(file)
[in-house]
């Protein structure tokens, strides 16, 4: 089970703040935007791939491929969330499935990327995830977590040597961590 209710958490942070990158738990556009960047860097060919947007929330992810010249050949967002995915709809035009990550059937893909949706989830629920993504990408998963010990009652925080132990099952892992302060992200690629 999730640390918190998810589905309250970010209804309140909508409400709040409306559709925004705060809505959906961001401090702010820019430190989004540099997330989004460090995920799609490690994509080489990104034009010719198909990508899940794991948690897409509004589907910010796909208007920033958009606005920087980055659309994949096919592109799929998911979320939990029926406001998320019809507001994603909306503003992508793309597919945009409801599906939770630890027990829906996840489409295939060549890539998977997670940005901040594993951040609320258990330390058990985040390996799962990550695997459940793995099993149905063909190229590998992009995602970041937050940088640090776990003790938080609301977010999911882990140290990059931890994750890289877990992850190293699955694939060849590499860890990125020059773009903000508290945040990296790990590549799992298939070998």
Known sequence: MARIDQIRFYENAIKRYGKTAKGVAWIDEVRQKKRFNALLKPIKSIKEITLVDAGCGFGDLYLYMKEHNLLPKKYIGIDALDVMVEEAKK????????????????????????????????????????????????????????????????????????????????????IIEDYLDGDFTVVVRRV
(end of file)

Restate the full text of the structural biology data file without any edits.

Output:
[in-house]
């Protein structure tokens, strides 16, 4: 089970703040935007791939491929969330499935990327995830977590040597961590 209710958490942070990158738990556009960047860097060919947007929330992810010249050949967002995915709809035009990550059937893909949706989830629920993504990408998963010990009652925080132990099952892992302060992200690629 999730640390918190998810589905309250970010209804309140909508409400709040409306559709925004705060809505959906961001401090702010820019430190989004540099997330989004460090995920799609490690994509080489990104034009010719198909990508899940794991948690897409509004589907910010796909208007920033958009606005920087980055659309994949096919592109799929998911979320939990029926406001998320019809507001994603909306503003992508793309597919945009409801599906939770630890027990829906996840489409295939060549890539998977997670940005901040594993951040609320258990330390058990985040390996799962990550695997459940793995099993149905063909190229590998992009995602970041937050940088640090776990003790938080609301977010999911882990140290990059931890994750890289877990992850190293699955694939060849590499860890990125020059773009903000508290945040990296790990590549799992298939070998």
Known sequence: MARIDQIRFYENAIKRYGKTAKGVAWIDEVRQKKRFNALLKPIKSIKEITLVDAGCGFGDLYLYMKEHNLLPKKYIGIDALDVMVEEAKK????????????????????????????????????????????????????????????????????????????????????IIEDYLDGDFTVVVRRV